What is the Organic Food Industry?

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  • Written By: G. Wiesen
  • Edited By: Heather Bailey
  • Last Modified Date: 03 February 2020
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The organic food industry is the business of growing, transporting, and selling foods that meet the requirements to be legally categorized as “organic” foods. This typically refers to fruits and vegetables, though meats such as poultry, beef, and pork can all be certified organic as well. Requirements for foods to be certified as organic can vary from country to country, though in general these foods are not treated with various chemicals, such as synthetic pesticides and growth hormones, and have not undergone genetic manipulation. The organic food industry has become increasingly prevalent in many countries, including the US, though organic foods are often more expensive to produce and purchase.

Often associated with the natural food industry, the organic food industry is involved with the production and selling of organic foods. Organic foods are often certified by a government agency in a given country, such as the Food and Drug Administration in the US. These agencies and various laws typically indicate what foods can be certified as organic, as well as the requirements that such foods must meet to gain that certification. Following these requirements sets producers and sellers within the organic food industry apart from other food growers and wholesalers that use “conventional” growing methods.


The organic food industry typically produces fresh fruits, vegetables, and meats from livestock and fowl. In order for these foods to be certified as “organic,” certain conditions must be met that depend on the laws in a particular country. Organic foods in the US, for example, are typically fruits and vegetables that are grown without the use of synthetic pesticides, are not genetically manipulated, and are grown in ways that maintain the integrity of the fields in which they are grown. The organic food industry does allow certain organic pesticides to be used in growing foods, though these may not be as effective as synthetic ones.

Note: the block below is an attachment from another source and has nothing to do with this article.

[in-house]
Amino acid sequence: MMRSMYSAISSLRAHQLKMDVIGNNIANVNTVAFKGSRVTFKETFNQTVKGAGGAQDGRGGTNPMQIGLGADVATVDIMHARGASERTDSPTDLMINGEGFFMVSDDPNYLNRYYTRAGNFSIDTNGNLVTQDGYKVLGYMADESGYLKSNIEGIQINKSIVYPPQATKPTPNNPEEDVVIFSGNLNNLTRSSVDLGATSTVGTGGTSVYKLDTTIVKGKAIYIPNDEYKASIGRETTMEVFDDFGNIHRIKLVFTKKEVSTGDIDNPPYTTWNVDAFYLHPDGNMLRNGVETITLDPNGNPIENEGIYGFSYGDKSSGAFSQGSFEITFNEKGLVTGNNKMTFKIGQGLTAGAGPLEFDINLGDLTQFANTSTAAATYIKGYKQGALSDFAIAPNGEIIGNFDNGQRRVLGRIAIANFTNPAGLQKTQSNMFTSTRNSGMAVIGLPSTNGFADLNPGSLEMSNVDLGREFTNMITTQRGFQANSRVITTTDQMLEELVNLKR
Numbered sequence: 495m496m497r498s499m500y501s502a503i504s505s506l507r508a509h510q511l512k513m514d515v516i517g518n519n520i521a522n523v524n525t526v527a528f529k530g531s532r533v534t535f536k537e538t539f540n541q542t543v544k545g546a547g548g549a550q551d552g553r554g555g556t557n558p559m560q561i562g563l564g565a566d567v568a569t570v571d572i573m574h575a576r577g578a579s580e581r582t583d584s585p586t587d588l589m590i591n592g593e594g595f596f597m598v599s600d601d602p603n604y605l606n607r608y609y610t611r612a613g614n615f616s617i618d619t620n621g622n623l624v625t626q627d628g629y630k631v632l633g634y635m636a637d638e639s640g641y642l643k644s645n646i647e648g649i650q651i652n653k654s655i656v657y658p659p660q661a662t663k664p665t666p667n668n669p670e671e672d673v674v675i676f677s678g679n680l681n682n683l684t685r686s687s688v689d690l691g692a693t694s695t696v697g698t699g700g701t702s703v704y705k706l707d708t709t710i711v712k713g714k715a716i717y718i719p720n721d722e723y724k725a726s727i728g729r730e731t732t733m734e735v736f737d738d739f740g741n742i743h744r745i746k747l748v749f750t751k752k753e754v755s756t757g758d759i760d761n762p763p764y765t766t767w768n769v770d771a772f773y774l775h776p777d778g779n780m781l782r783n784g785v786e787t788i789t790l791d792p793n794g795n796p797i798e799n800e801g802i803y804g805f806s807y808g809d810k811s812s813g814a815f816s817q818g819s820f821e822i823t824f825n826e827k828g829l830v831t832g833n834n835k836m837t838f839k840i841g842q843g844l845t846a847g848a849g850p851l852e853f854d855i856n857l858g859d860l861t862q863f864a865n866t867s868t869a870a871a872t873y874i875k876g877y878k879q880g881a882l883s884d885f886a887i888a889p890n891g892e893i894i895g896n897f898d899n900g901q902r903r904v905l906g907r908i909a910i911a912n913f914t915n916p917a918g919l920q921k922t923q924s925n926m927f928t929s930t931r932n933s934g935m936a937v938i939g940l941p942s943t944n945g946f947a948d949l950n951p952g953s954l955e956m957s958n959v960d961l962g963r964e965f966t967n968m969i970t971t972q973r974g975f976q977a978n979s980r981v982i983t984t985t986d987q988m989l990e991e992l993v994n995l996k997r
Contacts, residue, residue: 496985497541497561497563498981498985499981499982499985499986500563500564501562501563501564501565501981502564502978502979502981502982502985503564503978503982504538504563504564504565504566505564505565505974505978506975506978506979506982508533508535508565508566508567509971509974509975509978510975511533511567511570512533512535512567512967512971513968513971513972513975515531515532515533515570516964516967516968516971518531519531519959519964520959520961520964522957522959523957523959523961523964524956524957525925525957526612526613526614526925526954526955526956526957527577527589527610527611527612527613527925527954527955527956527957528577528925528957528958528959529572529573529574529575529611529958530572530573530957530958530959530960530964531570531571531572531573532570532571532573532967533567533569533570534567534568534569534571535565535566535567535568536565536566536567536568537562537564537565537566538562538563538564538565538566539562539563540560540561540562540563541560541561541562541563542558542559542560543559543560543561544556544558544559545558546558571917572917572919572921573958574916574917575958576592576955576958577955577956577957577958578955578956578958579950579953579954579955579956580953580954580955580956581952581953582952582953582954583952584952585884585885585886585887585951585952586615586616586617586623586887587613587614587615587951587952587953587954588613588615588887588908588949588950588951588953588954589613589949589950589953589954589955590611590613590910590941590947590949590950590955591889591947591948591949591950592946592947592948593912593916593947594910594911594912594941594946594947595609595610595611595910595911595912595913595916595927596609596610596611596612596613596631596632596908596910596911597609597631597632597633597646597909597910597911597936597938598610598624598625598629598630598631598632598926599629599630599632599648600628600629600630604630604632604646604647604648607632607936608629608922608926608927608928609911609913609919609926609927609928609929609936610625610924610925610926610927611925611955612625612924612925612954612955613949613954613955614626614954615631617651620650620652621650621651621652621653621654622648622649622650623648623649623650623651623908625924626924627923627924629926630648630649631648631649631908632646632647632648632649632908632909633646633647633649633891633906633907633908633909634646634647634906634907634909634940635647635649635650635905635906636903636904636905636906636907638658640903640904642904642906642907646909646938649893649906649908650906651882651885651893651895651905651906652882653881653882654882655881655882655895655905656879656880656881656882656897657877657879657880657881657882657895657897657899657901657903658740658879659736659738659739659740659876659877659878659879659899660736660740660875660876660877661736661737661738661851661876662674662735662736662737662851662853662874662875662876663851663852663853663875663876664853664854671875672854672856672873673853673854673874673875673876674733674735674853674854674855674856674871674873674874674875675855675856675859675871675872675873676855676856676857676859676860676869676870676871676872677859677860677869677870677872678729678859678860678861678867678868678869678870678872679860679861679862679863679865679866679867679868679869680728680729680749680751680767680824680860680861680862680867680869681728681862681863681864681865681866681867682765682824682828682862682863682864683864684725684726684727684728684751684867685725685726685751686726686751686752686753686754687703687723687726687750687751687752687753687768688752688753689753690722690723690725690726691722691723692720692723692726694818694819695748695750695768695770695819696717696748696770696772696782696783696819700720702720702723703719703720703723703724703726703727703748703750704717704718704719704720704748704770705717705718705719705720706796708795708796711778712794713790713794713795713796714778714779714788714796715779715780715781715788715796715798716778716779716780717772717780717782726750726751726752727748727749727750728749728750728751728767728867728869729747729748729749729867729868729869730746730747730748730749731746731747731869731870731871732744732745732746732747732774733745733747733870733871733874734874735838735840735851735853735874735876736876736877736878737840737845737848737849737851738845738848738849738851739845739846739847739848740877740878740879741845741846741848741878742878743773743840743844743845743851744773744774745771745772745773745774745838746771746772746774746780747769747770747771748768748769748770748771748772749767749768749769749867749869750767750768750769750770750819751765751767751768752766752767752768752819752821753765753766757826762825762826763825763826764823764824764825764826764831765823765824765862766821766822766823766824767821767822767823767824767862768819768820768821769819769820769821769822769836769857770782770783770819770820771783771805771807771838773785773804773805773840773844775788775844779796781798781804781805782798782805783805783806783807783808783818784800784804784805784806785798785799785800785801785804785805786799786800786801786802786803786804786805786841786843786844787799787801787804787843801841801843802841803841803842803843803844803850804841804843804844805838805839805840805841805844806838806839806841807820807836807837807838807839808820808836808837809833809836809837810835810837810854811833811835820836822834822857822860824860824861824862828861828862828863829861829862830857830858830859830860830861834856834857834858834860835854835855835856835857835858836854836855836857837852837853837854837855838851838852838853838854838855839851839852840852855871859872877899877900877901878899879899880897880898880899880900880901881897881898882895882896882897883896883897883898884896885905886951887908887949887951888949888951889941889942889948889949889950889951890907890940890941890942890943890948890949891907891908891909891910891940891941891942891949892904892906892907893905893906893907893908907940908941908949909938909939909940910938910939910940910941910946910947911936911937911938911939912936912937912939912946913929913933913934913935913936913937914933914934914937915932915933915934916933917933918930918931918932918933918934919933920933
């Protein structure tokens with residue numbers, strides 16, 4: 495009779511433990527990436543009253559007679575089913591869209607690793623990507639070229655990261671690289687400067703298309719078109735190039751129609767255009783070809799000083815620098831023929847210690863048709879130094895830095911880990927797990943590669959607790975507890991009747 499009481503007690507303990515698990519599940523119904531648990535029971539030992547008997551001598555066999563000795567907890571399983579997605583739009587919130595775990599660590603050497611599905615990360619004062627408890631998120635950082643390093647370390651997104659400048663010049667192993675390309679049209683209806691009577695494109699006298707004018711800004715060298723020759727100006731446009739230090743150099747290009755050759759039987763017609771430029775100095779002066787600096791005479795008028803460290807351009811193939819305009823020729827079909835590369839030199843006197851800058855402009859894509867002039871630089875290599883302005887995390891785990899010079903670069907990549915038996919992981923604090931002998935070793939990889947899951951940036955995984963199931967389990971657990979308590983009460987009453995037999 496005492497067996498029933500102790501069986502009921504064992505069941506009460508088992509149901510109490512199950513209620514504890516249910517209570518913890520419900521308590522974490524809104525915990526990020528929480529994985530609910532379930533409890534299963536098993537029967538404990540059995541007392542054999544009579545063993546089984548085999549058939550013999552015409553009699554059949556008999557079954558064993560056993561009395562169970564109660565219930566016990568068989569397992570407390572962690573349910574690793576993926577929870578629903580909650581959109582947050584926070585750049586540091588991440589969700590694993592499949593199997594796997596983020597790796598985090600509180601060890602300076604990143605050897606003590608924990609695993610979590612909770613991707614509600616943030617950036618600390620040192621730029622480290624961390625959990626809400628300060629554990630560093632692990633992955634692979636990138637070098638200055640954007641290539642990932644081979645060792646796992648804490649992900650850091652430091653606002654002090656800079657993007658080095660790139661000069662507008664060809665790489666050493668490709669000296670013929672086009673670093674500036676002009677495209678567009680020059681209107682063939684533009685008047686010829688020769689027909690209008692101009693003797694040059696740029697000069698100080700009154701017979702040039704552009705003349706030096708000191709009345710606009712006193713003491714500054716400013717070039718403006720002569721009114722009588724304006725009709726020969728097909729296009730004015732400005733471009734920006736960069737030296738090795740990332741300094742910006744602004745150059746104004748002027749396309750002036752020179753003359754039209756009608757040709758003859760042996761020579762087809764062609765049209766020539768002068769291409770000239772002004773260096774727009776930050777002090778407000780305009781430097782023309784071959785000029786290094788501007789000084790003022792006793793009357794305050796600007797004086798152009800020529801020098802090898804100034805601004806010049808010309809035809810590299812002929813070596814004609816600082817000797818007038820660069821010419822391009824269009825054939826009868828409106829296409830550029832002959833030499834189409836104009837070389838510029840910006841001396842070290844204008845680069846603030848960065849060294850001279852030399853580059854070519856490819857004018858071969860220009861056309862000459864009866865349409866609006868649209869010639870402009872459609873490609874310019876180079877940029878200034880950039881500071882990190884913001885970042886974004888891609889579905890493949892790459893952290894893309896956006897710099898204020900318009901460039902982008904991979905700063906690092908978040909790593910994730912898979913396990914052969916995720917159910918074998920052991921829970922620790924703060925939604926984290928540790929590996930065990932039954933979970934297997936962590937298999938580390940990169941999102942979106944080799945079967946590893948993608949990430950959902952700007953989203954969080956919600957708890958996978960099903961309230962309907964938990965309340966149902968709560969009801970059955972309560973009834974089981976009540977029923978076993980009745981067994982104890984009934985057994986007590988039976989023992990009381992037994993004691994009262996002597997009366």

Meat can also be produced and sold by the organic food industry. Such meat, regardless of whether it is poultry, beef, or pork, should come from animals that have not been treated with growth hormones, were allowed to graze freely in pastures, and were not genetically manipulated. Ongoing technological developments, such as nanotechnology, are likely to be forbidden by the organic food industry as well. Producing organic foods is often more expensive than foods produced through conventional methods, due to more expensive resources and typically lower yields. This makes organic foods more expensive to sell and purchase, though this market has seen some of the largest growth during the early 21st century of any food industry.



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